Kurland’s ‘The Courage of Ignorance’ Charts A Globetrotting Account Of A Gilded Era

By: R.J. Cohn

She lit up the world with her bulky 5-by-7 box camera, dashing across the Atlantic on luxury liners more times than she can remember, snapping pictures of some of the most memorable figures of the 20th century.

From John F. Kennedy and Max Schmelling to Gertrude Stein and Leslie Howard, Ethel Kurland of Sandpoint managed to photograph them all – along with scores of international celebrities – before she reached her 21st birthday as she skirted her way around the globe.

Seventy years later, Kurland – who virtually became a one-woman syndicate for more than 120 newspapers as well as the Associated Press, United Press International and Reuters – has written an account of the glamorous era of the ’30s and ’40s in her book, The Courage of Ignorance (published by Mules Across America Publishing), when she used the closet of her first-class cabin as a developing room.

Complete with black-and-white photographs of the world’s most renown actors, starlets, pianists, journalists, athletes and politicians, Kurland’s book charts her journey as a 17-year-old amateur photographer lured by wanderlust and the grandeur of ocean liners to the studios of Hollywood, where she was eventually hired to shoot the big-screen stars of the 1940s.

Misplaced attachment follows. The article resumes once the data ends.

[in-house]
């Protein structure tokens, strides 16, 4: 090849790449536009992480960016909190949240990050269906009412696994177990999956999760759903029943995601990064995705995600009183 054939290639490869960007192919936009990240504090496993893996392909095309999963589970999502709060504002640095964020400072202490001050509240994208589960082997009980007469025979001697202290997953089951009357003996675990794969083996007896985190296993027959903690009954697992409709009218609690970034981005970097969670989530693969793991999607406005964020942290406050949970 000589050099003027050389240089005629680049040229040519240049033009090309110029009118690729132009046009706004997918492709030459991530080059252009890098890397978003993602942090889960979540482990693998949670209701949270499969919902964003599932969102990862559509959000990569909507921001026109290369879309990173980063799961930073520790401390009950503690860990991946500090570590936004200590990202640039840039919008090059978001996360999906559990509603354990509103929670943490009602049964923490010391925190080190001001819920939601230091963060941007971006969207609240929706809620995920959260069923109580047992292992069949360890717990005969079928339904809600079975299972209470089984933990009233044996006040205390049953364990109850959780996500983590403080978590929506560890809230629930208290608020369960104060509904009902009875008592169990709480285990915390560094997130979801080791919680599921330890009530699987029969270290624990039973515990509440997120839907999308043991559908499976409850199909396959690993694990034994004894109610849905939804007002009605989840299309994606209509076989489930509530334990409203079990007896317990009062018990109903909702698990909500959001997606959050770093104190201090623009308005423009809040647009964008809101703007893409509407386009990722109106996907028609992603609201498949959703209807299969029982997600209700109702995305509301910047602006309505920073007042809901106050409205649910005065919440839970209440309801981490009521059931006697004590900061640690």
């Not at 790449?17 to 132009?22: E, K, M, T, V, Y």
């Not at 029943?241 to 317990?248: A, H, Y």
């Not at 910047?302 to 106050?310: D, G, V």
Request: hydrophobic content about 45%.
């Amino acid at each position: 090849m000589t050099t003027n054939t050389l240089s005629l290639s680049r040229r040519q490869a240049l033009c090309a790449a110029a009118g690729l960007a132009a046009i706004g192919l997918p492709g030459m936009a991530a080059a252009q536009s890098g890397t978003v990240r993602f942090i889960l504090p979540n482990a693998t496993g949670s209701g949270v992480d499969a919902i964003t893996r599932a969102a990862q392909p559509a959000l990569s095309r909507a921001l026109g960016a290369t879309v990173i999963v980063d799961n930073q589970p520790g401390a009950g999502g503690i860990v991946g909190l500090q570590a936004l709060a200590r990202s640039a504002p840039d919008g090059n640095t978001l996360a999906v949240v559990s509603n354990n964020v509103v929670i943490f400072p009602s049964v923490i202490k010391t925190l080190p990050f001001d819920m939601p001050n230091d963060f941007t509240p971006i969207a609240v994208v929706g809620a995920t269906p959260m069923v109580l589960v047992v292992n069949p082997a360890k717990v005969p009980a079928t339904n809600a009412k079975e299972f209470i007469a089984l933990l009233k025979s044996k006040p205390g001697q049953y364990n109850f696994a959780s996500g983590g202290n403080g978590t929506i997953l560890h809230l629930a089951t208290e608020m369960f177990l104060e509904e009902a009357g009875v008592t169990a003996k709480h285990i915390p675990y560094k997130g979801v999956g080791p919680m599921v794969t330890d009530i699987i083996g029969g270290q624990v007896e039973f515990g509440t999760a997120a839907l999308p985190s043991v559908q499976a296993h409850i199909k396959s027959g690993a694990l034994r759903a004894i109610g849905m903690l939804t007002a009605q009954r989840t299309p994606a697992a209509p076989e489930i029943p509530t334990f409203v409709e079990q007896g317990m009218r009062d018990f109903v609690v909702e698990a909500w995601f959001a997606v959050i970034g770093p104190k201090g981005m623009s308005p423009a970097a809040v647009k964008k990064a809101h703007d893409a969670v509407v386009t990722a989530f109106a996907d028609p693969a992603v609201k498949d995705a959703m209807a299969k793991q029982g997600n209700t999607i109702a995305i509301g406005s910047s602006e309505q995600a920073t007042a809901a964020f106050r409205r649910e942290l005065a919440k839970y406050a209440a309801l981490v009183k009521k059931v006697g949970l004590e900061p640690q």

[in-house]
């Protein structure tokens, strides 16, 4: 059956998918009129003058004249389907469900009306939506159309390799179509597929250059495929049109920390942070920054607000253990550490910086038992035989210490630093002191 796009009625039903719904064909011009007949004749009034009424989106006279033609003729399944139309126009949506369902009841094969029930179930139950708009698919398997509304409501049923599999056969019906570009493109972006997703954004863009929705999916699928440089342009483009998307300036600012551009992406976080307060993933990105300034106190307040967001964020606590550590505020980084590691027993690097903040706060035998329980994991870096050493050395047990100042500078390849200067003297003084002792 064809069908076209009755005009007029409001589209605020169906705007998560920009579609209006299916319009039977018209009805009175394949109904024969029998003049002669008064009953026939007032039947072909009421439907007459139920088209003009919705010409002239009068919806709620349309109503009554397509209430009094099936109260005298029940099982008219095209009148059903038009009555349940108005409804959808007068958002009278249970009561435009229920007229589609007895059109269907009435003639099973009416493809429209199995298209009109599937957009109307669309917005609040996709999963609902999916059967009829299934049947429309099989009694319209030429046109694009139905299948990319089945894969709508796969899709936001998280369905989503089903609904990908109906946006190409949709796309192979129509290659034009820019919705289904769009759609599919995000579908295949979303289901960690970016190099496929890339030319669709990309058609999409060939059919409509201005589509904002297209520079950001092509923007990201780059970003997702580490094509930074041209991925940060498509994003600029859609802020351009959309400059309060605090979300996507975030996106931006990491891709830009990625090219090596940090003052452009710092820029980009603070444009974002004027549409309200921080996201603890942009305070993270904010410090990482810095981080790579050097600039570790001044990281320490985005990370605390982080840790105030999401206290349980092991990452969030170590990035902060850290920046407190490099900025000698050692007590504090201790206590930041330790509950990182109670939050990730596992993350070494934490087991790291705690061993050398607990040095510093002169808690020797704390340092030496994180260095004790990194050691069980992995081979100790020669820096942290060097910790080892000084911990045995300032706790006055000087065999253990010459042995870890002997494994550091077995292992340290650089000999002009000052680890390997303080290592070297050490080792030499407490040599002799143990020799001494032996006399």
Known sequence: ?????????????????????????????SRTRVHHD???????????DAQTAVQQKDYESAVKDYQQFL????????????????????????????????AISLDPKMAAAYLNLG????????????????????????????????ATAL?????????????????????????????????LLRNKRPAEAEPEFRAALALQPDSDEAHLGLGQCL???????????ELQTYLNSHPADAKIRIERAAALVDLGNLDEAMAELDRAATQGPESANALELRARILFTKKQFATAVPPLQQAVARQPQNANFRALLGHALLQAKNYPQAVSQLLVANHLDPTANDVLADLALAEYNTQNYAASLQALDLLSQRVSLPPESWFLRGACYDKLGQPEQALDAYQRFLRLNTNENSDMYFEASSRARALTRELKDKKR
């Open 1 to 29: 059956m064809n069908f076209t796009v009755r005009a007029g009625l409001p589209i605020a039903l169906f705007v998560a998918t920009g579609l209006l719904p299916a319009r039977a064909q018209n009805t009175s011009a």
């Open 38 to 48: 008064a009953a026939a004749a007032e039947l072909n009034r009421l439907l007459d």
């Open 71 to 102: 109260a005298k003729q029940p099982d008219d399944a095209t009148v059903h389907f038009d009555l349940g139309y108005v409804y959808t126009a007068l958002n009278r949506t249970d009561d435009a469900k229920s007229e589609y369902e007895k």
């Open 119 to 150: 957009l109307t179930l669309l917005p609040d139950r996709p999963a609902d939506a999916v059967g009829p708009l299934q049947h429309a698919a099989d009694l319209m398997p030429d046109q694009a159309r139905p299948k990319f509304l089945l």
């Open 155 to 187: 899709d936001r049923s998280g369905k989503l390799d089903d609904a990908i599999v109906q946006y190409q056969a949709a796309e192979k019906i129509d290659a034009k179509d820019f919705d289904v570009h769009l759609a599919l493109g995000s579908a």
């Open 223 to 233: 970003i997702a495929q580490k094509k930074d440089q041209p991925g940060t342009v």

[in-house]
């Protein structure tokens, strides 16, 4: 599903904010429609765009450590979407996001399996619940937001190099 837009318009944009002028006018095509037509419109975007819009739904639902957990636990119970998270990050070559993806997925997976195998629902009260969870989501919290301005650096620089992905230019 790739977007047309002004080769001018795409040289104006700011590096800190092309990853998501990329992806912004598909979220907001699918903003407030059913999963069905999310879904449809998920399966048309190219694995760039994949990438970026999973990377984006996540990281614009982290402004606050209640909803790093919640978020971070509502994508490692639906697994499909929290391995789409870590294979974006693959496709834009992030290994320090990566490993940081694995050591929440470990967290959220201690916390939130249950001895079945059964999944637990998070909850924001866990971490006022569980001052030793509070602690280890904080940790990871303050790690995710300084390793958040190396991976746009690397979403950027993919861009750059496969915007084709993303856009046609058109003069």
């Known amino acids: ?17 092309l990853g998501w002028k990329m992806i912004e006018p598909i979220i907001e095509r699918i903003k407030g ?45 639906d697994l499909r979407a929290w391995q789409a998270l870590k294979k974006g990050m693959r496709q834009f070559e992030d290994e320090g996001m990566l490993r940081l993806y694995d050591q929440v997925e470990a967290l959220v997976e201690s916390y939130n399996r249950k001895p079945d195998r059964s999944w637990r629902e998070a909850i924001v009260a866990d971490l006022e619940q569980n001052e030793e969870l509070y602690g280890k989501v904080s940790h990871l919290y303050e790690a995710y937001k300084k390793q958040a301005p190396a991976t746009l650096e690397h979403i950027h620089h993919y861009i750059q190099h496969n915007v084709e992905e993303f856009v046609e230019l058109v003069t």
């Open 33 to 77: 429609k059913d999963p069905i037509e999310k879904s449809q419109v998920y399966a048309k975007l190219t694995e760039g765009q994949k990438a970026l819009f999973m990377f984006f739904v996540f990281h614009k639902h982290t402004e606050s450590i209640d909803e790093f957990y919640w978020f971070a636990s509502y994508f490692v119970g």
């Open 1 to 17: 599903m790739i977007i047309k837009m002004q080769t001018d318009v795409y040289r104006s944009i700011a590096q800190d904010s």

It’s a memorable account of a young girl with gumption, a camera and a dream to travel the world, who was continually on the move even after her career as a cruise ship photographer came to a close when stately ocean liners were transformed into troop carriers during World War II.

Decades before it was fashionable for a woman to travel on her own, Kurland – still a teenager – walked up the gangplank of the S.S. Borinquen with her box camera and a trunkload of flashbulbs ready for a global photo shoot.

It didn’t end there for the gutsy Kurland, who was determined to make her living and mark in the world as a photographer. She eventually set up shot in Army camps across the country, photographing recruits before moving to California where photographed rising stars in the movie industry.

It was more than just a charmed life for Kurland. After opening a gallery in Carmel, Calif., she became friends with photographic icons Ansel Adams and Edward Weston along with writer Henry Miller at their famed artist colony in Big Sur.

For readers who believe dreams are unattainable and that “ordinary” people can never chart out their own destinies or rub elbows with the high-and-mighty, Kurland’s The Courage of Ignorance reminds us that anything can be achieved and accomplished once you open the first door.

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